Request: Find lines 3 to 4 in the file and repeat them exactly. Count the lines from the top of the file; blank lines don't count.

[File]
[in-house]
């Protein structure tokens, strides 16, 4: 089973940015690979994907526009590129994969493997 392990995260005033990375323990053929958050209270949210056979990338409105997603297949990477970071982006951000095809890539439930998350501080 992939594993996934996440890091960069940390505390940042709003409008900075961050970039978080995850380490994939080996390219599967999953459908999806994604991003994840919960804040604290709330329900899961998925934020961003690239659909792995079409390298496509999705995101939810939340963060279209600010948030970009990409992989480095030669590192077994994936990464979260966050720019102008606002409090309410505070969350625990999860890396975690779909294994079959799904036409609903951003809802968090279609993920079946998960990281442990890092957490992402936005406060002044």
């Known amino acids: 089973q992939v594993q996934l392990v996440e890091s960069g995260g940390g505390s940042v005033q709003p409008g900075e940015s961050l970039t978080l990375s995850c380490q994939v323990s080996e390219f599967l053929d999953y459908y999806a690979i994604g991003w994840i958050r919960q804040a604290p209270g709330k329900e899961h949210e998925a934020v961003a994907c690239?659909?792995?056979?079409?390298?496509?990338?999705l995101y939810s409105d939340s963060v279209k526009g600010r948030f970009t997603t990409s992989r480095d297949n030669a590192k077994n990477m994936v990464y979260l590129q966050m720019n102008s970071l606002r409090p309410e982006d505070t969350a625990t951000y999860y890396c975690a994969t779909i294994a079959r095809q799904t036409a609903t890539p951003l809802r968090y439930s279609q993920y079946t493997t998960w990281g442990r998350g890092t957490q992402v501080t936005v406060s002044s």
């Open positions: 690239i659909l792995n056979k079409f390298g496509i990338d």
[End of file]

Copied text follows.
């Known amino acids: 089973q992939v594993q996934l392990v996440e890091s960069g995260g940390g505390s940042v005033q709003p409008g900075e940015s961050l970039t978080l990375s995850c380490q994939v323990s080996e390219f599967l053929d999953y459908y999806a690979i994604g991003w994840i958050r919960q804040a604290p209270g709330k329900e899961h949210e998925a934020v961003a994907c690239?659909?792995?056979?079409?390298?496509?990338?999705l995101y939810s409105d939340s963060v279209k526009g600010r948030f970009t997603t990409s992989r480095d297949n030669a590192k077994n990477m994936v990464y979260l590129q966050m720019n102008s970071l606002r409090p309410e982006d505070t969350a625990t951000y999860y890396c975690a994969t779909i294994a079959r095809q799904t036409a609903t890539p951003l809802r968090y439930s279609q993920y079946t493997t998960w990281g442990r998350g890092t957490q992402v501080t936005v406060s002044s």
């Open positions: 690239i659909l792995n056979k079409f390298g496509i990338d």